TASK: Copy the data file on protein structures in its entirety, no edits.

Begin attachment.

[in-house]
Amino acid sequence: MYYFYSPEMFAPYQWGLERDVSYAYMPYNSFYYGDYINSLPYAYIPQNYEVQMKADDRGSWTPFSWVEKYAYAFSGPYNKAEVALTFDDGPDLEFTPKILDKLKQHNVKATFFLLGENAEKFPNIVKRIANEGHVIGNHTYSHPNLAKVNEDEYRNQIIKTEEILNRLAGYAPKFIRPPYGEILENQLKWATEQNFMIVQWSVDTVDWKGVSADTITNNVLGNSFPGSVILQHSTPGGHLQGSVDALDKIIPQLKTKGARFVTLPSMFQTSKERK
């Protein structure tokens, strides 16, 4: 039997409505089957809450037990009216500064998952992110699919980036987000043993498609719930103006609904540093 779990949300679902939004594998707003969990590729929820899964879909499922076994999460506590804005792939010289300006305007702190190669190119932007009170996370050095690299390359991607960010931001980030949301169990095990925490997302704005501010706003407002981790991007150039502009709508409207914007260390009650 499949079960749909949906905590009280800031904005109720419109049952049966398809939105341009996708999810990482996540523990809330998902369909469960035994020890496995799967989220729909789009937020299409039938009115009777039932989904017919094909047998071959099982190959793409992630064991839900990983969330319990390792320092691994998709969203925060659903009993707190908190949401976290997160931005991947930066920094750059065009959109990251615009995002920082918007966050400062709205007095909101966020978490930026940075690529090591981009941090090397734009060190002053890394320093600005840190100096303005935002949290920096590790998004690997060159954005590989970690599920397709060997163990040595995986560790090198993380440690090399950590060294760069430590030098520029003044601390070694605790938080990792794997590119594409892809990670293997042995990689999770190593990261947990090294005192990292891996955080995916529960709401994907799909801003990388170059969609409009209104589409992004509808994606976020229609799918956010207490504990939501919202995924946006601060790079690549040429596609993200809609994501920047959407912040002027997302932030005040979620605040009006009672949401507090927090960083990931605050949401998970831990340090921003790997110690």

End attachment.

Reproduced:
[in-house]
Amino acid sequence: MYYFYSPEMFAPYQWGLERDVSYAYMPYNSFYYGDYINSLPYAYIPQNYEVQMKADDRGSWTPFSWVEKYAYAFSGPYNKAEVALTFDDGPDLEFTPKILDKLKQHNVKATFFLLGENAEKFPNIVKRIANEGHVIGNHTYSHPNLAKVNEDEYRNQIIKTEEILNRLAGYAPKFIRPPYGEILENQLKWATEQNFMIVQWSVDTVDWKGVSADTITNNVLGNSFPGSVILQHSTPGGHLQGSVDALDKIIPQLKTKGARFVTLPSMFQTSKERK
């Protein structure tokens, strides 16, 4: 039997409505089957809450037990009216500064998952992110699919980036987000043993498609719930103006609904540093 779990949300679902939004594998707003969990590729929820899964879909499922076994999460506590804005792939010289300006305007702190190669190119932007009170996370050095690299390359991607960010931001980030949301169990095990925490997302704005501010706003407002981790991007150039502009709508409207914007260390009650 499949079960749909949906905590009280800031904005109720419109049952049966398809939105341009996708999810990482996540523990809330998902369909469960035994020890496995799967989220729909789009937020299409039938009115009777039932989904017919094909047998071959099982190959793409992630064991839900990983969330319990390792320092691994998709969203925060659903009993707190908190949401976290997160931005991947930066920094750059065009959109990251615009995002920082918007966050400062709205007095909101966020978490930026940075690529090591981009941090090397734009060190002053890394320093600005840190100096303005935002949290920096590790998004690997060159954005590989970690599920397709060997163990040595995986560790090198993380440690090399950590060294760069430590030098520029003044601390070694605790938080990792794997590119594409892809990670293997042995990689999770190593990261947990090294005192990292891996955080995916529960709401994907799909801003990388170059969609409009209104589409992004509808994606976020229609799918956010207490504990939501919202995924946006601060790079690549040429596609993200809609994501920047959407912040002027997302932030005040979620605040009006009672949401507090927090960083990931605050949401998970831990340090921003790997110690």